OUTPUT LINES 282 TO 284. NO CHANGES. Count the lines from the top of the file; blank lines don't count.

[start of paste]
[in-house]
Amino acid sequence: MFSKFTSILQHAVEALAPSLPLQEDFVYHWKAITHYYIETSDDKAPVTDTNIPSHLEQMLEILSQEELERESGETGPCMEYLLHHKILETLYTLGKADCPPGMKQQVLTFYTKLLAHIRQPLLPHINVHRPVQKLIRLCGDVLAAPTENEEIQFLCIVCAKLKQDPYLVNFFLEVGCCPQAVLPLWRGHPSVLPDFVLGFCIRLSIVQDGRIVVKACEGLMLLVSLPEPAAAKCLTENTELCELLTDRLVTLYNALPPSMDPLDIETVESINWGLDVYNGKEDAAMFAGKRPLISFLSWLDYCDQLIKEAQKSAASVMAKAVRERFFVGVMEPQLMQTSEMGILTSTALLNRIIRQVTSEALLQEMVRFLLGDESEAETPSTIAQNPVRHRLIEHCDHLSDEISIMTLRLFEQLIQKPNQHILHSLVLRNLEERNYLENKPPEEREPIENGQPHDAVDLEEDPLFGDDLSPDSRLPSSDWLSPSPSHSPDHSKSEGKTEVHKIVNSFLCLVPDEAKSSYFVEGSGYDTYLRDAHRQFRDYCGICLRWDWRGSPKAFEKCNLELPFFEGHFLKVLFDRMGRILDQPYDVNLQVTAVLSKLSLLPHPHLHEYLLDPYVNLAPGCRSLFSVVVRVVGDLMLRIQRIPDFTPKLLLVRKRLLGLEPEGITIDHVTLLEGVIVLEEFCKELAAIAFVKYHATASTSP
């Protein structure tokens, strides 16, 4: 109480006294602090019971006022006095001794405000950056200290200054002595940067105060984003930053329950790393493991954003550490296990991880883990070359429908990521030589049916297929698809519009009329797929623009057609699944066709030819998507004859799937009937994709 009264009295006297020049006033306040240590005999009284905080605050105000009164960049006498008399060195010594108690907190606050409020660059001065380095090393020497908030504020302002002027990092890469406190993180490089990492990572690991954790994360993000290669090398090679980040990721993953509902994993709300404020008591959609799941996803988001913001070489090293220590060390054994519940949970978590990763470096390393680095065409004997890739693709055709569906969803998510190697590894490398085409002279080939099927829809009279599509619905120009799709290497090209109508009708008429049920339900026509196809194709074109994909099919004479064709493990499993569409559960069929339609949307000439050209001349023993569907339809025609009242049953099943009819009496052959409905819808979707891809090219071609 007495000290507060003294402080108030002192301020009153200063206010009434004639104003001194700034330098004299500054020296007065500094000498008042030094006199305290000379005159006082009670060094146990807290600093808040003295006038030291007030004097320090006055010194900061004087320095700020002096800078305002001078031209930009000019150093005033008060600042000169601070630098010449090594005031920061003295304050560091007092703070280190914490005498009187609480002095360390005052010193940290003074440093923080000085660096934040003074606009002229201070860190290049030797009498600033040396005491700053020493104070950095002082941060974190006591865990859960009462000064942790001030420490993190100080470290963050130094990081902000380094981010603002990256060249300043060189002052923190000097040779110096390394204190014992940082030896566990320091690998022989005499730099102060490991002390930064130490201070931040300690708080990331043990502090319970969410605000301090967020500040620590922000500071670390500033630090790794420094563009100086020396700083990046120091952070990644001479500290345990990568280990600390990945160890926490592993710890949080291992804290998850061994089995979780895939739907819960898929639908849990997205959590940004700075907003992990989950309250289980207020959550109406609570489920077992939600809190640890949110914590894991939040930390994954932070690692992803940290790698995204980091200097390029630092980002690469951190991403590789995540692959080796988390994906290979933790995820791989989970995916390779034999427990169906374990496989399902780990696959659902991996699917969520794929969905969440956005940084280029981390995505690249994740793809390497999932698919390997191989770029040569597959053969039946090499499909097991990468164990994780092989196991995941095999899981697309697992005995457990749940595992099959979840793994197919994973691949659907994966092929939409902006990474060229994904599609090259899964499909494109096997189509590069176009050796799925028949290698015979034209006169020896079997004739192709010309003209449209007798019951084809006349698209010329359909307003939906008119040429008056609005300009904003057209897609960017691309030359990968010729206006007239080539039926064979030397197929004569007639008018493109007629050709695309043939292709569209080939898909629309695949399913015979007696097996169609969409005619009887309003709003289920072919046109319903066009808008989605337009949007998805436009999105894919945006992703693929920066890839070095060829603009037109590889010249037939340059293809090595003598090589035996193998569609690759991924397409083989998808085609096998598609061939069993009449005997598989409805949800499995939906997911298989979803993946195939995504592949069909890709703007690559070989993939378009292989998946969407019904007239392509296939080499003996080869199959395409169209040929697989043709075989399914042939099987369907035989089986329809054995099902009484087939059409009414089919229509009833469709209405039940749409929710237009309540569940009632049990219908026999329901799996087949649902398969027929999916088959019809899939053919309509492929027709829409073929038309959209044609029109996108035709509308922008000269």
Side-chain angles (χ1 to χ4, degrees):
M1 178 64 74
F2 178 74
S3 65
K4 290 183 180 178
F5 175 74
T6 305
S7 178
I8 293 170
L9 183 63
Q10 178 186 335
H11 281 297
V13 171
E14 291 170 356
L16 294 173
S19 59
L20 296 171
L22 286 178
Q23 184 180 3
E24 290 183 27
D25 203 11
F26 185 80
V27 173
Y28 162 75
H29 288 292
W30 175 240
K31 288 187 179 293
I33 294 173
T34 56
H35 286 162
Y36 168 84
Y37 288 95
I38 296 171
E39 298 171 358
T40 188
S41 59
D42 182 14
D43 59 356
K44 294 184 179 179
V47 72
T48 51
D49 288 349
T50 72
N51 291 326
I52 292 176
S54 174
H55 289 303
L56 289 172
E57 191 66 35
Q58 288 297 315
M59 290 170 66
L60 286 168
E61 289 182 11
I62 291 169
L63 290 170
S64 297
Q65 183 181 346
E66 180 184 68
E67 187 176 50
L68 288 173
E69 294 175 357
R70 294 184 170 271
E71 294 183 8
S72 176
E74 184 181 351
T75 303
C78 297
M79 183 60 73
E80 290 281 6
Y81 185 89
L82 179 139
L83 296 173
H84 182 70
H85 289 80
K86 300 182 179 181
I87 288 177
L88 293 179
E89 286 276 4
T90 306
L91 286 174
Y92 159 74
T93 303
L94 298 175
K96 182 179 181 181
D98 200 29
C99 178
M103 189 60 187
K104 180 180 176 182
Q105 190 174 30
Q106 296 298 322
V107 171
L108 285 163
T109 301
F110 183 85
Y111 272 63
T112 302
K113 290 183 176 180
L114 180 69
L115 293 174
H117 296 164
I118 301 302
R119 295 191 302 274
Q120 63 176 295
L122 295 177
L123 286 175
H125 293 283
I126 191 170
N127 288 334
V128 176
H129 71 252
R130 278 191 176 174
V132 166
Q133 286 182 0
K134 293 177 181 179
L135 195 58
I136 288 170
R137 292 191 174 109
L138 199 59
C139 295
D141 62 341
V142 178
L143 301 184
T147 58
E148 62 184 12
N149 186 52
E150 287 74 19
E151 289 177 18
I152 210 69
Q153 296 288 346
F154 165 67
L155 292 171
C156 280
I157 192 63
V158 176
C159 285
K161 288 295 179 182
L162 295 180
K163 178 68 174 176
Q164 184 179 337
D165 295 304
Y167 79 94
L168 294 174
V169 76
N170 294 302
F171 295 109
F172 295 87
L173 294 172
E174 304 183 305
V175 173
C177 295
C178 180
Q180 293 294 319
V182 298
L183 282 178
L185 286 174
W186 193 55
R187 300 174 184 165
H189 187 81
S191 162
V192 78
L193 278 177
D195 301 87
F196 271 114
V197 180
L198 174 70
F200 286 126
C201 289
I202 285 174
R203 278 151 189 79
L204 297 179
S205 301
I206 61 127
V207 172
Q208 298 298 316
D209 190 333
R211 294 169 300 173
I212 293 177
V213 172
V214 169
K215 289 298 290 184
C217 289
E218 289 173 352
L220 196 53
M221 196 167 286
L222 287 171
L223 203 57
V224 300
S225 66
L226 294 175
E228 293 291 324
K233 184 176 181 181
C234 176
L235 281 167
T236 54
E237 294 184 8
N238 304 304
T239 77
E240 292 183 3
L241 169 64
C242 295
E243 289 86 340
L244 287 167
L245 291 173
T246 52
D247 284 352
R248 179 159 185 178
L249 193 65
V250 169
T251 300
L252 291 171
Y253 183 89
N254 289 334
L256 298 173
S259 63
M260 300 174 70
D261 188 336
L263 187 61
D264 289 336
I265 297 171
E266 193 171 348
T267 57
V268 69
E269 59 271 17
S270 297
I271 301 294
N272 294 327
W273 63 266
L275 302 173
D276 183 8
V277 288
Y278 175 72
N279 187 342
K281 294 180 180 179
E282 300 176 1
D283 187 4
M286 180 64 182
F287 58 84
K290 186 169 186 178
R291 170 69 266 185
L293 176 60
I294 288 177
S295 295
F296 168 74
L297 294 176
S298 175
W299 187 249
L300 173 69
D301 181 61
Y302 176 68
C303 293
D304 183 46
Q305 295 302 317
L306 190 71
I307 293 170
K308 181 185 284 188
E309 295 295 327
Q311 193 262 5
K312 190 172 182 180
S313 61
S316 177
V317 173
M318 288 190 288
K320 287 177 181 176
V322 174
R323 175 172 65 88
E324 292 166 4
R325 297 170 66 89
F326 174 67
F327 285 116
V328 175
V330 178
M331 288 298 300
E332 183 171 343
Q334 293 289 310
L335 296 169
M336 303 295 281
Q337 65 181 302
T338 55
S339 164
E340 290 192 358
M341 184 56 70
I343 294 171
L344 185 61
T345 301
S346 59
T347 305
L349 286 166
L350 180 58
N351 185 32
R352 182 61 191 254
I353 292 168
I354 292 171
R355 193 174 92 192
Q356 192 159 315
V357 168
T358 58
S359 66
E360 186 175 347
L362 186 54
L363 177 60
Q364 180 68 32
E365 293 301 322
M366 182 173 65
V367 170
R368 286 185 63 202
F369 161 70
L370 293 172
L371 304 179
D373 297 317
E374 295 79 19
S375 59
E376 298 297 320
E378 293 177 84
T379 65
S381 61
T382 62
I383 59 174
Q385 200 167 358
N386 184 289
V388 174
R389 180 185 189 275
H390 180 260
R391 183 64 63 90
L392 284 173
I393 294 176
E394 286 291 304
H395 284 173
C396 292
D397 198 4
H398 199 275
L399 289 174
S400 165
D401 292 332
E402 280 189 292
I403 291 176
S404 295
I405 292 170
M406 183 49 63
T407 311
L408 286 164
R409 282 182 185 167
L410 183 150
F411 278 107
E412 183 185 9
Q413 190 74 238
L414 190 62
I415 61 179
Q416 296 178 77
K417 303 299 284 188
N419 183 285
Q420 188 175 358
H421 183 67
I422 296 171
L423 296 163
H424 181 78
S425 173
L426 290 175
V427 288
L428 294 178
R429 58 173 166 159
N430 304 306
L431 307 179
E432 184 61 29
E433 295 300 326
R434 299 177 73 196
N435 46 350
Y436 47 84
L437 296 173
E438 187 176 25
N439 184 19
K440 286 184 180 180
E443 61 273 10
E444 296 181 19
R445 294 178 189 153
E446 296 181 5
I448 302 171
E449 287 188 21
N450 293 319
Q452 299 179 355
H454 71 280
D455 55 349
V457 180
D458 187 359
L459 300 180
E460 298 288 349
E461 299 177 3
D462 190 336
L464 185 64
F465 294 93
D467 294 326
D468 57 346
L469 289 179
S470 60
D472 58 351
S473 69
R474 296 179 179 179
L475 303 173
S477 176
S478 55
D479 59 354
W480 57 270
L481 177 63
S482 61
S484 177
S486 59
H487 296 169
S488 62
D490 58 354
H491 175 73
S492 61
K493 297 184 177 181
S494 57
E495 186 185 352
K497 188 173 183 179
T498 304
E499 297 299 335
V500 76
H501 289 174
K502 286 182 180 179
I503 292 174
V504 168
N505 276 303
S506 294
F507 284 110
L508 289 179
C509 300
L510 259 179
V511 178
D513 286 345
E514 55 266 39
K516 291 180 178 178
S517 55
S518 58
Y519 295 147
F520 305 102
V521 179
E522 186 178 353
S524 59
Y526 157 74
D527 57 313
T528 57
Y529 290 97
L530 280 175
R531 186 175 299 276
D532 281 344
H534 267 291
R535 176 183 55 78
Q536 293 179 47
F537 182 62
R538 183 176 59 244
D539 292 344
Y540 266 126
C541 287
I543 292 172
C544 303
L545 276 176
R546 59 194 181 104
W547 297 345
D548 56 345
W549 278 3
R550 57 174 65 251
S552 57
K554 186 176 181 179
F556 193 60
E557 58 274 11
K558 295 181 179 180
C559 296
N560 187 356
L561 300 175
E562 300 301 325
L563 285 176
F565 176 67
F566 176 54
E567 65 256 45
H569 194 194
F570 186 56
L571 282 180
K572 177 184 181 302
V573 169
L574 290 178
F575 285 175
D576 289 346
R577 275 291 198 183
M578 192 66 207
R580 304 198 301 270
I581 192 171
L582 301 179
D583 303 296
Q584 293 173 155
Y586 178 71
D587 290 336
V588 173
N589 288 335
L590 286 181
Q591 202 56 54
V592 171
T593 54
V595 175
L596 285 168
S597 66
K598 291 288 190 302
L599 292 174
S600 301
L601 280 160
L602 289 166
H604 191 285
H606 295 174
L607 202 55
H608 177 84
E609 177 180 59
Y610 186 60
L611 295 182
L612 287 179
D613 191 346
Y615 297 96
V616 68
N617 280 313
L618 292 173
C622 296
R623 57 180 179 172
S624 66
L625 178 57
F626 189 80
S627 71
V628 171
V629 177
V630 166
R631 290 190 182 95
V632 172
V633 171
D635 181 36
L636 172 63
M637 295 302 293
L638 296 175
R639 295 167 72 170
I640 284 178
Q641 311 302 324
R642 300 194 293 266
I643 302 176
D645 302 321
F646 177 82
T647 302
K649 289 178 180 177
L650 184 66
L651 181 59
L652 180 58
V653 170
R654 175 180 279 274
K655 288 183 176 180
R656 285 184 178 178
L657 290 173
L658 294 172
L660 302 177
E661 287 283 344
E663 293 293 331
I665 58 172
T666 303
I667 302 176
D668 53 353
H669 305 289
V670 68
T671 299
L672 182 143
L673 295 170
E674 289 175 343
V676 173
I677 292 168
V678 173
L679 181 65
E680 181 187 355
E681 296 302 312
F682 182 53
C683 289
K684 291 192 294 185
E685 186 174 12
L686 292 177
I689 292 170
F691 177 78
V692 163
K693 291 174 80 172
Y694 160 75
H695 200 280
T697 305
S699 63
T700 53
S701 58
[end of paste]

S339 164
E340 290 192 358
M341 184 56 70